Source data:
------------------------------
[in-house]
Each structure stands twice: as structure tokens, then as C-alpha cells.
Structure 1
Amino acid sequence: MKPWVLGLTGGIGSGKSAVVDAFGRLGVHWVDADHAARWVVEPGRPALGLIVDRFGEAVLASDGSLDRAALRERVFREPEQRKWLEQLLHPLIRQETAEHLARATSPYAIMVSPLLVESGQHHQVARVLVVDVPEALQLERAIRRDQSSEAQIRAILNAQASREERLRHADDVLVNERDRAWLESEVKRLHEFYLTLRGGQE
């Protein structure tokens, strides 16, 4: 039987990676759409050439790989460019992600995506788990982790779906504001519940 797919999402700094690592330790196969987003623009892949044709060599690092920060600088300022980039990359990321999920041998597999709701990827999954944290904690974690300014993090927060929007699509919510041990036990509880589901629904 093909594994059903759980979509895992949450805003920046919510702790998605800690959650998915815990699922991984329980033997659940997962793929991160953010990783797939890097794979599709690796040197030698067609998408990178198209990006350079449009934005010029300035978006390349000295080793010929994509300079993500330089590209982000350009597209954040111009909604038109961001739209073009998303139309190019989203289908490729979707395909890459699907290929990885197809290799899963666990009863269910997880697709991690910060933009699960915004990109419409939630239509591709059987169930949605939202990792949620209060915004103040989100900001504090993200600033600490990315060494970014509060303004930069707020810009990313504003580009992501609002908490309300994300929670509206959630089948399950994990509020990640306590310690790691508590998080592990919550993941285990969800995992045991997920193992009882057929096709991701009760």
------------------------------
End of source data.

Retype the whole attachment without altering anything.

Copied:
[in-house]
Each structure stands twice: as structure tokens, then as C-alpha cells.
Structure 1
Amino acid sequence: MKPWVLGLTGGIGSGKSAVVDAFGRLGVHWVDADHAARWVVEPGRPALGLIVDRFGEAVLASDGSLDRAALRERVFREPEQRKWLEQLLHPLIRQETAEHLARATSPYAIMVSPLLVESGQHHQVARVLVVDVPEALQLERAIRRDQSSEAQIRAILNAQASREERLRHADDVLVNERDRAWLESEVKRLHEFYLTLRGGQE
């Protein structure tokens, strides 16, 4: 039987990676759409050439790989460019992600995506788990982790779906504001519940 797919999402700094690592330790196969987003623009892949044709060599690092920060600088300022980039990359990321999920041998597999709701990827999954944290904690974690300014993090927060929007699509919510041990036990509880589901629904 093909594994059903759980979509895992949450805003920046919510702790998605800690959650998915815990699922991984329980033997659940997962793929991160953010990783797939890097794979599709690796040197030698067609998408990178198209990006350079449009934005010029300035978006390349000295080793010929994509300079993500330089590209982000350009597209954040111009909604038109961001739209073009998303139309190019989203289908490729979707395909890459699907290929990885197809290799899963666990009863269910997880697709991690910060933009699960915004990109419409939630239509591709059987169930949605939202990792949620209060915004103040989100900001504090993200600033600490990315060494970014509060303004930069707020810009990313504003580009992501609002908490309300994300929670509206959630089948399950994990509020990640306590310690790691508590998080592990919550993941285990969800995992045991997920193992009882057929096709991701009760």